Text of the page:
Measuring Perceptions of Social Environments for Walking


A 2021 article in Health & Place documents the current state of the practice in measuring perceived social elements of pedestrian environments, with the goal of identifying measurement strategies to understand and support walking.

"Measuring Perceptions Of Social Environments For Walking: A Scoping Review Of Walkability Surveys" was authored by Nicole Iroz-Elardo, Arlie Adkins and Maia Ingram of the University of Arizona.

The neighborhood pedestrian environment is an important determinant of physical activity and health. Despite widespread acknowledgment that neighborhoods' social and physical characteristics contribute to a walkable place, constructs and metrics remain focused primarily on the built environment. This scoping review documents the current state of the practice to measure perceived social elements of pedestrian environments in order to identify measurement strategies to understand and support walking, particularly in socially diverse neighborhoods.

The researchers identified 20 survey instruments focused on pedestrian environments, walkability, or physical activity at the local (neighborhood) scale which were designed to capture residents' perceptions of outdoor walking environments. Across the 20 instruments, the team identified and categorized 182 distinct items that measured social environments into four domains (social capital, personal safety, physical signifiers, and general neighborhood descriptors) and thirteen subdomains.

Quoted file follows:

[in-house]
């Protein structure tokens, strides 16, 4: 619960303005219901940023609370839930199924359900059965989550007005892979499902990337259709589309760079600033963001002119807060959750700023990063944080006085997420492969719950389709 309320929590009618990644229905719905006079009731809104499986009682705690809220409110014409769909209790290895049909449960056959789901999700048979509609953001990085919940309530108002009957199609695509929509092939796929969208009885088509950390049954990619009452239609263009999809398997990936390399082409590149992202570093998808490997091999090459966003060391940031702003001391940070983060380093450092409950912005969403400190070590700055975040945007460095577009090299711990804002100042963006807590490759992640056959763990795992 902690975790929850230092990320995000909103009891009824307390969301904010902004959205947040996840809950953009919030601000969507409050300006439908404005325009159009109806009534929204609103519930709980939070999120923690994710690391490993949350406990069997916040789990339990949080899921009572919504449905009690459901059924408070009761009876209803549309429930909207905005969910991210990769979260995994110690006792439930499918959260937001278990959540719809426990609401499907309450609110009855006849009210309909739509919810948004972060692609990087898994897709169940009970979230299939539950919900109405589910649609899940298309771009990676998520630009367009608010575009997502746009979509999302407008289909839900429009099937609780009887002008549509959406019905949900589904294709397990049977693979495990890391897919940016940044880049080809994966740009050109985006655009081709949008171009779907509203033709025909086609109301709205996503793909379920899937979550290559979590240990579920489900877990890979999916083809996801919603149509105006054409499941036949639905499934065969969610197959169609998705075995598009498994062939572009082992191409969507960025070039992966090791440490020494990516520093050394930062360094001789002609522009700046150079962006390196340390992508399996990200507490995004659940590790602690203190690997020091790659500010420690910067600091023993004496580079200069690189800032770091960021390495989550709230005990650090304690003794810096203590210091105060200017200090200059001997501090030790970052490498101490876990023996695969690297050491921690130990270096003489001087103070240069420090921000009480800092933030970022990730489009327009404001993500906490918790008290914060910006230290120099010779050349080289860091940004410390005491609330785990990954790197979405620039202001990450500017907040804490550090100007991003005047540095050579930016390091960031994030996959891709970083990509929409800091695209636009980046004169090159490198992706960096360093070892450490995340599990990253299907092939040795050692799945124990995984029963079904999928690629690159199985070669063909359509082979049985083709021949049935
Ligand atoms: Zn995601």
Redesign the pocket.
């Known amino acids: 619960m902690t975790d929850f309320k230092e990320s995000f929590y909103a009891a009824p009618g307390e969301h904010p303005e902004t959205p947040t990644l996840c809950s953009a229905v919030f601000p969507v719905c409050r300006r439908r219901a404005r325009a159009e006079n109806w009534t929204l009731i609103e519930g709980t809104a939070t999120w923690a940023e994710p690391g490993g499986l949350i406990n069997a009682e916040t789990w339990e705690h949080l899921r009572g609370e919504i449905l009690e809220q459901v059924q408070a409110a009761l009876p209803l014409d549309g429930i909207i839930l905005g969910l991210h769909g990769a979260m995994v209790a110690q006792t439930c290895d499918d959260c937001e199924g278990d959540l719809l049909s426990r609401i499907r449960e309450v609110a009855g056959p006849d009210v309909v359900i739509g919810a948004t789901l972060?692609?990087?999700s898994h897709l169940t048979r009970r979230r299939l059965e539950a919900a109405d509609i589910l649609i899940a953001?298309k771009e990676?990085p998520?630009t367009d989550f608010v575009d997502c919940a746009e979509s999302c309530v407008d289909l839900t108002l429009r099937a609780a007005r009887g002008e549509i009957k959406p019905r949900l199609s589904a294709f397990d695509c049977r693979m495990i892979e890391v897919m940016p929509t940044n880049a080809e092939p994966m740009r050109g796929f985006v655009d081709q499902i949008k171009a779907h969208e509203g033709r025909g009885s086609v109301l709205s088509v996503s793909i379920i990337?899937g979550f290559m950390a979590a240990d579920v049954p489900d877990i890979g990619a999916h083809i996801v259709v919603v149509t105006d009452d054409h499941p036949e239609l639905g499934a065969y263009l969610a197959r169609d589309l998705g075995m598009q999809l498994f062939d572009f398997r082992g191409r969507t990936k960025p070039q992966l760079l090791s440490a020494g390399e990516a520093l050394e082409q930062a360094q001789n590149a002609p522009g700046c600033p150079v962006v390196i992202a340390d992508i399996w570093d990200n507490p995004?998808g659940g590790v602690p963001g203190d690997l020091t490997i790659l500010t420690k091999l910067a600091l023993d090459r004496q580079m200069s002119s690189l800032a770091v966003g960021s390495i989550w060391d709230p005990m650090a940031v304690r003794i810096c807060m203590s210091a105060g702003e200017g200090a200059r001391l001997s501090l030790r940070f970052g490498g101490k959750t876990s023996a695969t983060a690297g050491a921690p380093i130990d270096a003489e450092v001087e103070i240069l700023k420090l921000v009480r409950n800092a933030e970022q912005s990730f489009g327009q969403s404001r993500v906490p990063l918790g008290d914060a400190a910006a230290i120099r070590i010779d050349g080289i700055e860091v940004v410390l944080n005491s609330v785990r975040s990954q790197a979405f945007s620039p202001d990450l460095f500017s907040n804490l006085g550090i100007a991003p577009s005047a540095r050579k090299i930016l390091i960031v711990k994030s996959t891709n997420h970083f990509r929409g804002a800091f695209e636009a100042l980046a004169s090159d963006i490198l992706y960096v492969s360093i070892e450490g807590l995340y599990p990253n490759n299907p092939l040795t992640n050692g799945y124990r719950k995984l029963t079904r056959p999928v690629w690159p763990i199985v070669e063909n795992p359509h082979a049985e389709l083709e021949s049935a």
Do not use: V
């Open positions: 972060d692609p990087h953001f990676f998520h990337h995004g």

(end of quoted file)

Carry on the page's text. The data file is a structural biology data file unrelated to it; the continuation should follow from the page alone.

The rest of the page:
Many items emphasized negative social elements, such as crime and disorder. Only a few items focused on community identity. Most instruments cover some aspects of the social environment well, but few provide a holistic inventory of the social environment across domains and subdomains. Researchers also observed that the state of the practice seems frozen, with most instruments in use having originated in 2010 or earlier.

The paper draws on findings from the NITC project "Access to Opportunities: Redefining Planning Methods and Measures for Disadvantaged Populations."

Photo by csfotoimages/iStock

The National Institute for Transportation and Communities (NITC) is one of seven U.S. Department of Transportation national university transportation centers. NITC is a program of the Transportation Research and Education Center (TREC) at Portland State University. This PSU-led research partnership also includes the Oregon Institute of Technology, University of Arizona, University of Oregon, University of Texas at Arlington and University of Utah. We pursue our theme — improving mobility of people and goods to build strong communities — through research, education and technology transfer.

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